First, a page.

“Regardless of display technology type, ambient lighting control is critical,” says 3M’s Schuleman. “Currently, nothing beats direct sunlight. Many end users can become unhappy with installations when integrators do not take into account where the sun is [or] how the surrounding buildings reflect light.”

Another consideration is that through-glass speakers radiate sound is both directions. In some installations, such as Hotel QT’s saunas, that can be an asset. But in a retail setting, it may be challenge to balance the level so that people on the street can hear over the traffic, but without blasting the inside of the store.

Ear of the beholder

Through-glass audio systems turn the glass surface into a speaker, so they’re a potential fit for applications where conventional loudspeakers might look out of place. They also can be used in medical facilities, where the transducer resides on the non-sterile side of the glass in an adjacent viewing area. And by disguising themselves, they also allow people to focus on the experience rather than what’s producing the sound.

“When you’re listening to a conventional speaker, you can pick out where the source is,” says SoundTube’s Howells. “This is using the whole piece of glass, so it’s radiating at you, and there’s no real sense of where the source is coming from.”

Another benefit is that by spreading the sound over a large surface, people – such as those walking past a storefront – aren’t suddenly hit with a blast of sound. Vendors also say that the sound can be localized, which can be a plus in malls, downtown shopping districts and other areas where the retailer doesn’t want to interfere with neighboring merchants.

One trade-off is the frequency response.

“Through-glass speakers are best for voice applications,” Polly says. “With music, it’s not going to give you the low-frequency response that you’re accustomed to.”

However, vendors such as SoundTube say they’ve expanded the range of their products to accommodate a wide range of content.

“This is our second version, and we’ve improved the frequency response quite a bit: 600 Hz through 15 kHz,” Howells says. “For voice and most instruments, we cover the range.”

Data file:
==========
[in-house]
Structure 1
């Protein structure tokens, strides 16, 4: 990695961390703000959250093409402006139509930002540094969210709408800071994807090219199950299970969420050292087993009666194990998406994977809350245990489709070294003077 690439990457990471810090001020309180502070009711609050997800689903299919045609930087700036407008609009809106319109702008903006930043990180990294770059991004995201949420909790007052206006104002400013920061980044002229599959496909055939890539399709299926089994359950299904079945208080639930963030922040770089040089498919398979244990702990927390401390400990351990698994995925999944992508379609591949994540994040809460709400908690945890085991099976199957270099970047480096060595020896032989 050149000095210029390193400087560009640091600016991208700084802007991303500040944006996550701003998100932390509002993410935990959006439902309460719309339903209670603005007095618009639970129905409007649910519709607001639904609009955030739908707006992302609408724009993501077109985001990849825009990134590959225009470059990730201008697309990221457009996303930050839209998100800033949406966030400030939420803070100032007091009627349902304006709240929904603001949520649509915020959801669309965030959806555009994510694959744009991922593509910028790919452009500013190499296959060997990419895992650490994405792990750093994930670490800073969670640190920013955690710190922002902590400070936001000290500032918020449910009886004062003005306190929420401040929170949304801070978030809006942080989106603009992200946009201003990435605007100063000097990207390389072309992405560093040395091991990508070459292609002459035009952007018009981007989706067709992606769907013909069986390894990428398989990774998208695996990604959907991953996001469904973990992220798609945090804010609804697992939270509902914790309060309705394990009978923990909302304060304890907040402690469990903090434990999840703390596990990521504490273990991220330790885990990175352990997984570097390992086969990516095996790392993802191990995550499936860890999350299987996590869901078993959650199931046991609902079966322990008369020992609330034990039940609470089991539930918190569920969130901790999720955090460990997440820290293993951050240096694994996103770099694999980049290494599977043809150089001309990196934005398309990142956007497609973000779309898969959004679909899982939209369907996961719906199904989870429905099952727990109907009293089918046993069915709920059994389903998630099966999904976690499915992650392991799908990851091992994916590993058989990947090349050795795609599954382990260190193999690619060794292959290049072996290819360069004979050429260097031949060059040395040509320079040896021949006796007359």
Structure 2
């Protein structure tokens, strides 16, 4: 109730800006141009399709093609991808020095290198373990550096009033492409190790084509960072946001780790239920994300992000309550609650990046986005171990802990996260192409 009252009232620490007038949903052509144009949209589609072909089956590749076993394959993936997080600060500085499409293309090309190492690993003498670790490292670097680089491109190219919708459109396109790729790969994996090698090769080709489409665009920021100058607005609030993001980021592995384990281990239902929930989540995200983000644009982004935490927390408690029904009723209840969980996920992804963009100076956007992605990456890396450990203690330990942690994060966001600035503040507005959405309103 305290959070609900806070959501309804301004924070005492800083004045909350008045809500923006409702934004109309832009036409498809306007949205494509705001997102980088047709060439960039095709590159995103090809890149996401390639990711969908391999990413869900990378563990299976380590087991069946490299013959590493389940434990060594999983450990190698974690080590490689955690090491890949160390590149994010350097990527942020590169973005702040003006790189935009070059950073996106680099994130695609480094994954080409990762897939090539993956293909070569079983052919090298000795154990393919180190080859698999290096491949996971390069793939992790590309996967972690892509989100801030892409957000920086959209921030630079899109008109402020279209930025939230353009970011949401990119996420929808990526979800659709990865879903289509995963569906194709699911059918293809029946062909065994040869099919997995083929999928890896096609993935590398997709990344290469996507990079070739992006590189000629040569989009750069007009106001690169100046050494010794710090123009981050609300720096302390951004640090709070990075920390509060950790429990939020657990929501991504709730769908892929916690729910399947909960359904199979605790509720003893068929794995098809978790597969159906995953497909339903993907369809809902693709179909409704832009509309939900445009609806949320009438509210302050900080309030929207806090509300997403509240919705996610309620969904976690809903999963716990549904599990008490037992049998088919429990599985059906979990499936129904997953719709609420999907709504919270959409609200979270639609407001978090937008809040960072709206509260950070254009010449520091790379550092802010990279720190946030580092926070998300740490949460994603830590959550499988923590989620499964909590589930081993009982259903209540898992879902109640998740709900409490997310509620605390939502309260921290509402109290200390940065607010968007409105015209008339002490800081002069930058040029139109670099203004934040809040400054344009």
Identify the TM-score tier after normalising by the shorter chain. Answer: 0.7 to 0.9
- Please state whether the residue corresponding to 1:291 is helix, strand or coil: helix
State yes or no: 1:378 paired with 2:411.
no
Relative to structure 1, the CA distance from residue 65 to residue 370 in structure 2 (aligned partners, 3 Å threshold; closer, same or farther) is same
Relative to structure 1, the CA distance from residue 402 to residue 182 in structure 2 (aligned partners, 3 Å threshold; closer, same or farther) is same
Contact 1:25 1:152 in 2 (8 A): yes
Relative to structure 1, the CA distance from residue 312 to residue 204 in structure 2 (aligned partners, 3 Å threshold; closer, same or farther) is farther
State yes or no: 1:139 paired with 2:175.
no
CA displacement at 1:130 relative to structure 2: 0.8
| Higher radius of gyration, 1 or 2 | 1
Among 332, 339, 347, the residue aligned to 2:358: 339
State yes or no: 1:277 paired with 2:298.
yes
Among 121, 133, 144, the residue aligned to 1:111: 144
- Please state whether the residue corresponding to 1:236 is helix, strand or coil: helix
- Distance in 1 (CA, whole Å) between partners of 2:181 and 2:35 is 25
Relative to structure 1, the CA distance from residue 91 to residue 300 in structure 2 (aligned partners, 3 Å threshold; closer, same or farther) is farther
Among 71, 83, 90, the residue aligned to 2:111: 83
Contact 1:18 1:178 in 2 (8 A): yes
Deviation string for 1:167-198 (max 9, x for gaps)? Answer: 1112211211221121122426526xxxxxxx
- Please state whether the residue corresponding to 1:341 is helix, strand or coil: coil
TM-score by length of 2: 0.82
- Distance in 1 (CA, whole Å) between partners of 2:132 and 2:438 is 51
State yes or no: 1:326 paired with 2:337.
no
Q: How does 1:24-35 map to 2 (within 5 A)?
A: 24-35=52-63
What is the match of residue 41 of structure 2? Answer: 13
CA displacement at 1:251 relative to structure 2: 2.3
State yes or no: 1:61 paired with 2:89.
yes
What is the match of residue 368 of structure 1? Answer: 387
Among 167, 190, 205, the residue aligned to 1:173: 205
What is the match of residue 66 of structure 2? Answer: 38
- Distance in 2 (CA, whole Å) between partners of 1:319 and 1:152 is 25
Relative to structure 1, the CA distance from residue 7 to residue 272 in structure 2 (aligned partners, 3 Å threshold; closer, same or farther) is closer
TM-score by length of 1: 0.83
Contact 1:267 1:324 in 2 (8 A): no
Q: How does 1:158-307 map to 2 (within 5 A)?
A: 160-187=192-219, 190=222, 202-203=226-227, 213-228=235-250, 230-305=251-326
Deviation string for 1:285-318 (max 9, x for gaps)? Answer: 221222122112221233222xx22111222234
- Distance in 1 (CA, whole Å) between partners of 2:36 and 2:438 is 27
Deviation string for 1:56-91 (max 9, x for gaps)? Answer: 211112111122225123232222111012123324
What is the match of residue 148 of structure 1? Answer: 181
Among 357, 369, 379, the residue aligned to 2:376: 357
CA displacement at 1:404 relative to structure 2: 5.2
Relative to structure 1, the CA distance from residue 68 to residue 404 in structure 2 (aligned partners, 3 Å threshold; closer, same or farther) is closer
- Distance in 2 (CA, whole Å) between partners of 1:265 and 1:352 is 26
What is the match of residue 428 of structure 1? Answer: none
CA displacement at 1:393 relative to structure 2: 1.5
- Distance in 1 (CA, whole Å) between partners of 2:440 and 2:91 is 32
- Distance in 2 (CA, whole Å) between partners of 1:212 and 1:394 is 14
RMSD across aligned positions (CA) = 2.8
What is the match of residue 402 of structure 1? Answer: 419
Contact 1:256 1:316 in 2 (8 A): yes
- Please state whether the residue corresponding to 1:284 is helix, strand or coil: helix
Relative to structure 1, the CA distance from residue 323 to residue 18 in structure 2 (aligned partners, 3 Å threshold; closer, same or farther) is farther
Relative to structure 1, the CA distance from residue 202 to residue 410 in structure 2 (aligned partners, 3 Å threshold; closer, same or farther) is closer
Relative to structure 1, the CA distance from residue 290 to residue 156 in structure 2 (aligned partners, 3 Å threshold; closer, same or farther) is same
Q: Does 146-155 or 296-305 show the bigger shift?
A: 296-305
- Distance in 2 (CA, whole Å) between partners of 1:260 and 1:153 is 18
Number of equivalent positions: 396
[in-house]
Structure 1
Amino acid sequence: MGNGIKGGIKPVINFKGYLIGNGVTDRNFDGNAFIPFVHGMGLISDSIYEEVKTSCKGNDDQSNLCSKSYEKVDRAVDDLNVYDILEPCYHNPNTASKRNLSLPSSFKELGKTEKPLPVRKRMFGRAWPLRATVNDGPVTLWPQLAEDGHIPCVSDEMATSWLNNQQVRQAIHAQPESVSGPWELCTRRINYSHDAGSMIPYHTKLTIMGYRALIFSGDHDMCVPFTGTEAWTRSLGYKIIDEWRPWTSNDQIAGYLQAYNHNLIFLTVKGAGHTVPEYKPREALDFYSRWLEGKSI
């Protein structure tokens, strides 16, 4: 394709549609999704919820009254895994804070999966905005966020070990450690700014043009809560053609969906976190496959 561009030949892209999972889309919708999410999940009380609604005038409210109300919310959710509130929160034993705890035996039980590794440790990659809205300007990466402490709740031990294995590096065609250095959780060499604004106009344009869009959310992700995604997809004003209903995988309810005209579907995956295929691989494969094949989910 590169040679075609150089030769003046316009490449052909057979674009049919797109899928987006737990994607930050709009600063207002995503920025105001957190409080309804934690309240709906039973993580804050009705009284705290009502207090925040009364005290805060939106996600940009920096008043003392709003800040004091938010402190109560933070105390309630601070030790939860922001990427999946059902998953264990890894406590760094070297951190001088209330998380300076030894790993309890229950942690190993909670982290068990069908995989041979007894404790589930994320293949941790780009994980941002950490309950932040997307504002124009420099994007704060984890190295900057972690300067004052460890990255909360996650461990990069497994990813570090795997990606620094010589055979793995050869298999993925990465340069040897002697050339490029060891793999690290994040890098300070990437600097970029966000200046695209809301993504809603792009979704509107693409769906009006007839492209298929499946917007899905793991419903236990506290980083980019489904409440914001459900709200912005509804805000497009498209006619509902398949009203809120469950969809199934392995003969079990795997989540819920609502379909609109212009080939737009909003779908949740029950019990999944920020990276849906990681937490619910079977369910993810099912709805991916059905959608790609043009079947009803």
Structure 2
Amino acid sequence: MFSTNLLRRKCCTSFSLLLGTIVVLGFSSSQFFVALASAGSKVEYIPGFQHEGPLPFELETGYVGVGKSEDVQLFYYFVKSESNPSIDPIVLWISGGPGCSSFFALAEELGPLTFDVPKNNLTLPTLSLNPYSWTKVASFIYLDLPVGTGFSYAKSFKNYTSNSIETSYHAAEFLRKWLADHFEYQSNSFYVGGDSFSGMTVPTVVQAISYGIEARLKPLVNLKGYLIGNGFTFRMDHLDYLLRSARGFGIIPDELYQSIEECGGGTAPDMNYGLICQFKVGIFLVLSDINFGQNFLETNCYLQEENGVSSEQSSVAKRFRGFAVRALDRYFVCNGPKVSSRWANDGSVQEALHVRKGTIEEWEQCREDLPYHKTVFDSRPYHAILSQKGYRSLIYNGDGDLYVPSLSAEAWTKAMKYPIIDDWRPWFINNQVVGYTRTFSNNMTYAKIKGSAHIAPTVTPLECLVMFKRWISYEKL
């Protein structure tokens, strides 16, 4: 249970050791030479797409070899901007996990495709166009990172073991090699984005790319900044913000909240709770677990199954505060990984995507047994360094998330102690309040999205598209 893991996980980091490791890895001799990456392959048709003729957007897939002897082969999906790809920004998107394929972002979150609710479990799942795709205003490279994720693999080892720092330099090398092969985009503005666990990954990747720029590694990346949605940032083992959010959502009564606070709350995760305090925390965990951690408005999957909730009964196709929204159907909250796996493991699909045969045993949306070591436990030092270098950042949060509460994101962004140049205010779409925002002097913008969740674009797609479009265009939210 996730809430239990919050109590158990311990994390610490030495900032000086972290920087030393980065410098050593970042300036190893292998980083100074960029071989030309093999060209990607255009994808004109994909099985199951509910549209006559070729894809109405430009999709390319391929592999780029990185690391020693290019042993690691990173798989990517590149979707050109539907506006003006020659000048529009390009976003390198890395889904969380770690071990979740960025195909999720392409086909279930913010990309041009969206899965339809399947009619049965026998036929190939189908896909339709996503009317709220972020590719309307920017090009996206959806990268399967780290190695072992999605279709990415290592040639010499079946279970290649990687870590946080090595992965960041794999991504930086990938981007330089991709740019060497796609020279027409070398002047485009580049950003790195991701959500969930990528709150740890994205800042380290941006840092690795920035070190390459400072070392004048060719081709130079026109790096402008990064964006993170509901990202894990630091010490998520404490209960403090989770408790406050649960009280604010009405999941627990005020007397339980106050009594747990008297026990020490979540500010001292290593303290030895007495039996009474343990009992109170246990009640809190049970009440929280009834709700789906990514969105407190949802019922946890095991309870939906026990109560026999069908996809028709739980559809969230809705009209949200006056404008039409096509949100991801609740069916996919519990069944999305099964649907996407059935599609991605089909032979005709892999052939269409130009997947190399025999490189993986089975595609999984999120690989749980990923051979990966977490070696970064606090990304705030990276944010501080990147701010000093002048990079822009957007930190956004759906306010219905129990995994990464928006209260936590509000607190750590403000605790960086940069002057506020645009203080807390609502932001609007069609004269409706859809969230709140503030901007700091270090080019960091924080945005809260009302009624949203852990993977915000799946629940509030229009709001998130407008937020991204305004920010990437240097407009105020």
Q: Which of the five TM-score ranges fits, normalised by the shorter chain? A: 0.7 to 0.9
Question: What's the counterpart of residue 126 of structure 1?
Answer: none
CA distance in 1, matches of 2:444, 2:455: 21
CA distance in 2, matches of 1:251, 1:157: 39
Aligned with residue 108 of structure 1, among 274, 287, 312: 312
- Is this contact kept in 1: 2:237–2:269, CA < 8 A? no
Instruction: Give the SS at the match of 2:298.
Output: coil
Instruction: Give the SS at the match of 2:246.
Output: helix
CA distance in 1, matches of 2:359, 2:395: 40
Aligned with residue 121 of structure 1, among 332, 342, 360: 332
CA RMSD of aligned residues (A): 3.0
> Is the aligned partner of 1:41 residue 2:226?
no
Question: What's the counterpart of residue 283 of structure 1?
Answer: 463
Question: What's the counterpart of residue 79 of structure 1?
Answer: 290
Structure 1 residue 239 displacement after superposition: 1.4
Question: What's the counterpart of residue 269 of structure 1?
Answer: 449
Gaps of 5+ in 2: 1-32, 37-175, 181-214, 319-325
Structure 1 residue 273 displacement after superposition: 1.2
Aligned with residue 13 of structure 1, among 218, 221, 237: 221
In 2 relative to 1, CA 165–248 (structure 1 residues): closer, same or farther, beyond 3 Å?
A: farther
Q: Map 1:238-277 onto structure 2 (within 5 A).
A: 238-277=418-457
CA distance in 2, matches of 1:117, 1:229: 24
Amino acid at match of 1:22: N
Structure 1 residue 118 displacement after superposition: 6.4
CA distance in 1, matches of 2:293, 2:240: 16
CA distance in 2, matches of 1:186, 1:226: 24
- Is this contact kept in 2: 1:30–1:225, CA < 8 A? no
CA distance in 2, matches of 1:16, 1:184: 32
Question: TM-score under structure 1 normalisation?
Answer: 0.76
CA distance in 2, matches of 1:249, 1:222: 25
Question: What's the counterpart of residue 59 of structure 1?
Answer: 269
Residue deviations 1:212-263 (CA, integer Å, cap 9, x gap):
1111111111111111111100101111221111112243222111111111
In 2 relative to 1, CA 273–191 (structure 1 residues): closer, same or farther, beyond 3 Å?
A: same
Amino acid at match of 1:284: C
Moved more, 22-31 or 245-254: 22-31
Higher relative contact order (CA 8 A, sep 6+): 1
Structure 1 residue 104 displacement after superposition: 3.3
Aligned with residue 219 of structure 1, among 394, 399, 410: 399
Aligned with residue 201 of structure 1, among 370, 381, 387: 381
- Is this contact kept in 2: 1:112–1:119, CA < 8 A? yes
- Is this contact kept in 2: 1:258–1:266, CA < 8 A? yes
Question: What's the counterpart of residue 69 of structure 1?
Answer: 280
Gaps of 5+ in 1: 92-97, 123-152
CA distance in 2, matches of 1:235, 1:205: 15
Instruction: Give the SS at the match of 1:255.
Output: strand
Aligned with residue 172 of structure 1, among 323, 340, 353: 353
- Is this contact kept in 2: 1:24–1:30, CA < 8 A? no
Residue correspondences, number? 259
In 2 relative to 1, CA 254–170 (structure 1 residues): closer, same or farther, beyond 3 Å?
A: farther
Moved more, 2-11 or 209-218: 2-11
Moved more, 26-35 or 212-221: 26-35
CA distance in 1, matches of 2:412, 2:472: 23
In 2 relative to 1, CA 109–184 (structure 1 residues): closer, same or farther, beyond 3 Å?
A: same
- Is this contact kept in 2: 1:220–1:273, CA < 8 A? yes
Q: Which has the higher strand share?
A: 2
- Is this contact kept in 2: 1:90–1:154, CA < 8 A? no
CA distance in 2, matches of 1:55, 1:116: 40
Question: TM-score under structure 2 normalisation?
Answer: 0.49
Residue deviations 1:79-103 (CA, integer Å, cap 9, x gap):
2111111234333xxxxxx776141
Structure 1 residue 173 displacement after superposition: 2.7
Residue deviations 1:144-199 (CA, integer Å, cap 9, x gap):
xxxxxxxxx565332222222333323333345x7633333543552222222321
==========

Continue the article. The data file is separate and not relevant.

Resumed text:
Sizing up the options

Through-glass loudspeaker systems frequently are paired with through-glass video systems for applications such as storefronts. That pairing can involve products from two vendors or a single vendor’s all-in-solution.

“We sell rigid screens with sound, where the sound actually emanates from the screen itself,” says 3M’s Schuleman. “No speakers are attached.”

Size is one important consideration. For example, some screen materials are available in widths of up to 48 inches, which can be too small for some applications. But flexibility is increasing.

“Handy AV will be releasing the large-format HandyTOUCH Through Glass Film,” Wright says. “We will offer integrators either a standard range of sizes or customized sizing.”

On the audio side, size can be even more important because the more glass there is, the bigger the speaker is.

“We recommend 20 square feet of glass,” Howells says. “You can go smaller, but you’re not going to get the full output. If you want constant coverage, we recommend that you put these [units] every 12 feet.”

Making the business case

A variety of factors determine the cost of through-glass audio and video installations, including the screen film material, the number of transducers required and the projector’s brightness. Depending on the vendor, a 4,000-lumen projector runs about €3,000, with another €2,000 or so for the screen. “You probably could do a [video] installation with audio and a DVD player for under $10,000 [€7,400],” Polly says.

Although a 4,000-lumen projector might not sound sufficient, especially when there’s a lot of ambient light to overcome, anything more can be overkill.

“With rear projection, if you’re thinking about going more than 4,000 or 5,000 lumens, you’re wasting your money because you’ll wind up cranking the projector down,” says Polly, who’s done about 20 such projects. “Anything over that is going to ‘hot spot.’”

Hot spots are when the projector’s light is visibly radiating through the screen material. Besides using the right amount of power, another way to avoid hot spots is by choosing products that are more resistant to that effect.

“The Dilad and Vikuiti [products] tend to diffuse the light much better so you don’t get a hot spot,” Polly says. “You get an evenness of color and contrast throughout the entire image.”

But in some cases – such as holographic systems – a powerful projector may be necessary.

“If installing a rear projection system, a high-lumen projector needs to used, especially on larger sizes and when using holo screens,” says Liam Slattery, founding director of U-Touch, whose products include through-glass holographic systems.

Costs also can be an issue, with some clients looking to save money by using consumer equipment.

“If you’re using a LCD display as your source of image, you need to make sure it is a commercial display, not domestic,” Slattery says. “Otherwise, you run the risk of the display overheating and the LCDs going black.”

Vendors and integrators recommend making the client aware of on-going expenses. One example is the projector bulb, which may have to be replaced frequently in applications such as storefronts, where the system may run continuously, even when the store is closed.

“If it is anticipated that the application will be in use 24 hours a day, 7 days a week, then the ROI [must factor in] projection bulb life,” says Zytronic’s Cambridge.

By Tim Kridel

Tim Kridel is a freelance writer and analyst, who covers technology and telecommunications. He’s based in Kansas City in the United States and can be reached at